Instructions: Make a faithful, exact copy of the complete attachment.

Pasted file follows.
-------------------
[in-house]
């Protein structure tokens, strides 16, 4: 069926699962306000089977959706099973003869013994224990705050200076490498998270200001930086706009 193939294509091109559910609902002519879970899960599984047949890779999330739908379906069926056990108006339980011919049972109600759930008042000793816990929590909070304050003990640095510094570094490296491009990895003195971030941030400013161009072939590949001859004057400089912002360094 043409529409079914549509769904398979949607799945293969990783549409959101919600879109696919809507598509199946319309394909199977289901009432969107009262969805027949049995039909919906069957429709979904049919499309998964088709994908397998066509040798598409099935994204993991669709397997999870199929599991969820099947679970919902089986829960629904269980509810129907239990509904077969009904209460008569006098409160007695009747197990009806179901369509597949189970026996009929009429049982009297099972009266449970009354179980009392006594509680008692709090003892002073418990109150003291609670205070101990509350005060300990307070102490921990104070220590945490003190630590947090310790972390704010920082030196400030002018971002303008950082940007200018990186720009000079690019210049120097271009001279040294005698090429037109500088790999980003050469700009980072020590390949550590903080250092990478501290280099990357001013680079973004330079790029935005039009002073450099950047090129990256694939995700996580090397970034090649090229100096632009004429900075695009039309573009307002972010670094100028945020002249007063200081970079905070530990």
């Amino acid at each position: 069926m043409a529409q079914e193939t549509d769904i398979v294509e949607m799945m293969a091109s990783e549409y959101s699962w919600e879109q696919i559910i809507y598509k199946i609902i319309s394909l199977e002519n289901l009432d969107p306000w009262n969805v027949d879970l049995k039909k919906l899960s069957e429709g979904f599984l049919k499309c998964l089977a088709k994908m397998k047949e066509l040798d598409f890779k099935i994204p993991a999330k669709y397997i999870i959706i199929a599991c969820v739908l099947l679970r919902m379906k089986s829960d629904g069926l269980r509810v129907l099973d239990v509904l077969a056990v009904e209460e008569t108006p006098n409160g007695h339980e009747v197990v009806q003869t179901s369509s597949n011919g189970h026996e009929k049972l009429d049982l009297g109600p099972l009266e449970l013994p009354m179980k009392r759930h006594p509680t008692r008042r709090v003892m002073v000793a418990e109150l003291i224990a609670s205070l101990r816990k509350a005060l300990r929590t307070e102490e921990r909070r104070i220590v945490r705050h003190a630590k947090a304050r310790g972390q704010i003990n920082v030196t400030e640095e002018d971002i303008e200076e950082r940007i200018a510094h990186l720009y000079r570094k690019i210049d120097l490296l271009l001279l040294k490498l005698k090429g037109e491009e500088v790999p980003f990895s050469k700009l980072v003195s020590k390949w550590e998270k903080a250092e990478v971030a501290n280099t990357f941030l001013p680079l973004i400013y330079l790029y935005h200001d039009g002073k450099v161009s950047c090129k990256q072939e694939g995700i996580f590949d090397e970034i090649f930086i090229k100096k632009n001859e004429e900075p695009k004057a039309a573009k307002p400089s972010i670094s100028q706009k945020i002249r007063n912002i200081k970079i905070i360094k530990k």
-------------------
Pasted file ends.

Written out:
[in-house]
């Protein structure tokens, strides 16, 4: 069926699962306000089977959706099973003869013994224990705050200076490498998270200001930086706009 193939294509091109559910609902002519879970899960599984047949890779999330739908379906069926056990108006339980011919049972109600759930008042000793816990929590909070304050003990640095510094570094490296491009990895003195971030941030400013161009072939590949001859004057400089912002360094 043409529409079914549509769904398979949607799945293969990783549409959101919600879109696919809507598509199946319309394909199977289901009432969107009262969805027949049995039909919906069957429709979904049919499309998964088709994908397998066509040798598409099935994204993991669709397997999870199929599991969820099947679970919902089986829960629904269980509810129907239990509904077969009904209460008569006098409160007695009747197990009806179901369509597949189970026996009929009429049982009297099972009266449970009354179980009392006594509680008692709090003892002073418990109150003291609670205070101990509350005060300990307070102490921990104070220590945490003190630590947090310790972390704010920082030196400030002018971002303008950082940007200018990186720009000079690019210049120097271009001279040294005698090429037109500088790999980003050469700009980072020590390949550590903080250092990478501290280099990357001013680079973004330079790029935005039009002073450099950047090129990256694939995700996580090397970034090649090229100096632009004429900075695009039309573009307002972010670094100028945020002249007063200081970079905070530990």
């Amino acid at each position: 069926m043409a529409q079914e193939t549509d769904i398979v294509e949607m799945m293969a091109s990783e549409y959101s699962w919600e879109q696919i559910i809507y598509k199946i609902i319309s394909l199977e002519n289901l009432d969107p306000w009262n969805v027949d879970l049995k039909k919906l899960s069957e429709g979904f599984l049919k499309c998964l089977a088709k994908m397998k047949e066509l040798d598409f890779k099935i994204p993991a999330k669709y397997i999870i959706i199929a599991c969820v739908l099947l679970r919902m379906k089986s829960d629904g069926l269980r509810v129907l099973d239990v509904l077969a056990v009904e209460e008569t108006p006098n409160g007695h339980e009747v197990v009806q003869t179901s369509s597949n011919g189970h026996e009929k049972l009429d049982l009297g109600p099972l009266e449970l013994p009354m179980k009392r759930h006594p509680t008692r008042r709090v003892m002073v000793a418990e109150l003291i224990a609670s205070l101990r816990k509350a005060l300990r929590t307070e102490e921990r909070r104070i220590v945490r705050h003190a630590k947090a304050r310790g972390q704010i003990n920082v030196t400030e640095e002018d971002i303008e200076e950082r940007i200018a510094h990186l720009y000079r570094k690019i210049d120097l490296l271009l001279l040294k490498l005698k090429g037109e491009e500088v790999p980003f990895s050469k700009l980072v003195s020590k390949w550590e998270k903080a250092e990478v971030a501290n280099t990357f941030l001013p680079l973004i400013y330079l790029y935005h200001d039009g002073k450099v161009s950047c090129k990256q072939e694939g995700i996580f590949d090397e970034i090649f930086i090229k100096k632009n001859e004429e900075p695009k004057a039309a573009k307002p400089s972010i670094s100028q706009k945020i002249r007063n912002i200081k970079i905070i360094k530990k």